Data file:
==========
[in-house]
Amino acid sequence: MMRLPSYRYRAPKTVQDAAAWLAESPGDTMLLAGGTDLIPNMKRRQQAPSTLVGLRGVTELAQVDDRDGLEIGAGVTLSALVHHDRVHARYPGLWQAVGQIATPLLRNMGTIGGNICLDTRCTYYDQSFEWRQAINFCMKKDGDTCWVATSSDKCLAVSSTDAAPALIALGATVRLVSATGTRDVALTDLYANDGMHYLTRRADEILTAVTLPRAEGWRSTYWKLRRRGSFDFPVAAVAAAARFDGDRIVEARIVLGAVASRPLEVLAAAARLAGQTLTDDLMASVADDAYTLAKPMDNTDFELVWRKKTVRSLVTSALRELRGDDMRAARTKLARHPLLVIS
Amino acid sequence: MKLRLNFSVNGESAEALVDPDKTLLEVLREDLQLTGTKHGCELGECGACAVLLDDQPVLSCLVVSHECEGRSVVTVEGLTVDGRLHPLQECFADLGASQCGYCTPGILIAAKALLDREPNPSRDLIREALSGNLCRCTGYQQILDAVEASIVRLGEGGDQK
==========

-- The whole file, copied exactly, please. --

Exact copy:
[in-house]
Amino acid sequence: MMRLPSYRYRAPKTVQDAAAWLAESPGDTMLLAGGTDLIPNMKRRQQAPSTLVGLRGVTELAQVDDRDGLEIGAGVTLSALVHHDRVHARYPGLWQAVGQIATPLLRNMGTIGGNICLDTRCTYYDQSFEWRQAINFCMKKDGDTCWVATSSDKCLAVSSTDAAPALIALGATVRLVSATGTRDVALTDLYANDGMHYLTRRADEILTAVTLPRAEGWRSTYWKLRRRGSFDFPVAAVAAAARFDGDRIVEARIVLGAVASRPLEVLAAAARLAGQTLTDDLMASVADDAYTLAKPMDNTDFELVWRKKTVRSLVTSALRELRGDDMRAARTKLARHPLLVIS
Amino acid sequence: MKLRLNFSVNGESAEALVDPDKTLLEVLREDLQLTGTKHGCELGECGACAVLLDDQPVLSCLVVSHECEGRSVVTVEGLTVDGRLHPLQECFADLGASQCGYCTPGILIAAKALLDREPNPSRDLIREALSGNLCRCTGYQQILDAVEASIVRLGEGGDQK